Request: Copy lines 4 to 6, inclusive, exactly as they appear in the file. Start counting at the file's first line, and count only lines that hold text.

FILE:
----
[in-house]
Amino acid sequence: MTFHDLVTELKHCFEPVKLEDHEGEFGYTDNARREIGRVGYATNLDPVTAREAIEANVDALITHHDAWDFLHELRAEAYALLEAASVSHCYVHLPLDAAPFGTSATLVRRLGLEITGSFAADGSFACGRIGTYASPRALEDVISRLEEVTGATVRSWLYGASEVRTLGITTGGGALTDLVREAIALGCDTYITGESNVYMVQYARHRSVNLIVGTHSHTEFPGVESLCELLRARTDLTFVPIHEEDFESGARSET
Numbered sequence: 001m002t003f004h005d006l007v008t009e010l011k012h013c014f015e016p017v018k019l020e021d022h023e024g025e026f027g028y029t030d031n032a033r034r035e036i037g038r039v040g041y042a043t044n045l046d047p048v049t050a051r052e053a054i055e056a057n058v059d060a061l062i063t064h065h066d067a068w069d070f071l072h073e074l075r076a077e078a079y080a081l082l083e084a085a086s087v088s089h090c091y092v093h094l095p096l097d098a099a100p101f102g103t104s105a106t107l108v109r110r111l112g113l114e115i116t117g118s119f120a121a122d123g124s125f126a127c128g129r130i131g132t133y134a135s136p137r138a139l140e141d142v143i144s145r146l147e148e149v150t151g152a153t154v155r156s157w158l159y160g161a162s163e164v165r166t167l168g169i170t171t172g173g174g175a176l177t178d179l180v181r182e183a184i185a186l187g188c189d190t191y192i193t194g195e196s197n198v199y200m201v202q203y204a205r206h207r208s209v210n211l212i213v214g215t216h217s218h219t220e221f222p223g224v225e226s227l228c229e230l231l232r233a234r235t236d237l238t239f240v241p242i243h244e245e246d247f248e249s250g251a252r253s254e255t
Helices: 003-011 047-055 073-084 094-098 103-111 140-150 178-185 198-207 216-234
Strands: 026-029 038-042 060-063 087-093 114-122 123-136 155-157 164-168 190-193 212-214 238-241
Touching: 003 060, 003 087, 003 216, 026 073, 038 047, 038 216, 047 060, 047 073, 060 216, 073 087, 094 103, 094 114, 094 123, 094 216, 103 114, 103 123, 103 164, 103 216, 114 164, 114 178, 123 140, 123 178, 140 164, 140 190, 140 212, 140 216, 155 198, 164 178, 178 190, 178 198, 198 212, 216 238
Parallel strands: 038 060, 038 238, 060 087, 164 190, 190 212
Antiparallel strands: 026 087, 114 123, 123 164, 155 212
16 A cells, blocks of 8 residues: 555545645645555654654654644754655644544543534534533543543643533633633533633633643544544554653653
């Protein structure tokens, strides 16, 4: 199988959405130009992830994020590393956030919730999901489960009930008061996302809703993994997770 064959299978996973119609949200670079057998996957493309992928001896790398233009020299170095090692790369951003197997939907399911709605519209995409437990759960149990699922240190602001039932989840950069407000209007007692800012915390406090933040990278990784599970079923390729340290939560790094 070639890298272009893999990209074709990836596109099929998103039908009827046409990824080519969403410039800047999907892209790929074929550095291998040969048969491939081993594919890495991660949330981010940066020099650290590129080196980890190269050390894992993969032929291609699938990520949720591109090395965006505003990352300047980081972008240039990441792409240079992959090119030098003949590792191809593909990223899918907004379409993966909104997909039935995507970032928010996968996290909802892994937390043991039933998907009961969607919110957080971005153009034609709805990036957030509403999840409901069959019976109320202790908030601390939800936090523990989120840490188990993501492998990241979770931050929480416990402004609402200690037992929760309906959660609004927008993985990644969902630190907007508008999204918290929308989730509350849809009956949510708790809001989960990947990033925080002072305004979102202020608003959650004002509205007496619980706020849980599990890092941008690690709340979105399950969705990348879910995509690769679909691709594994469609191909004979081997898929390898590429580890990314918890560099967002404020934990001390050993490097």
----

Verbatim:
Helices: 003-011 047-055 073-084 094-098 103-111 140-150 178-185 198-207 216-234
Strands: 026-029 038-042 060-063 087-093 114-122 123-136 155-157 164-168 190-193 212-214 238-241
Touching: 003 060, 003 087, 003 216, 026 073, 038 047, 038 216, 047 060, 047 073, 060 216, 073 087, 094 103, 094 114, 094 123, 094 216, 103 114, 103 123, 103 164, 103 216, 114 164, 114 178, 123 140, 123 178, 140 164, 140 190, 140 212, 140 216, 155 198, 164 178, 178 190, 178 198, 198 212, 216 238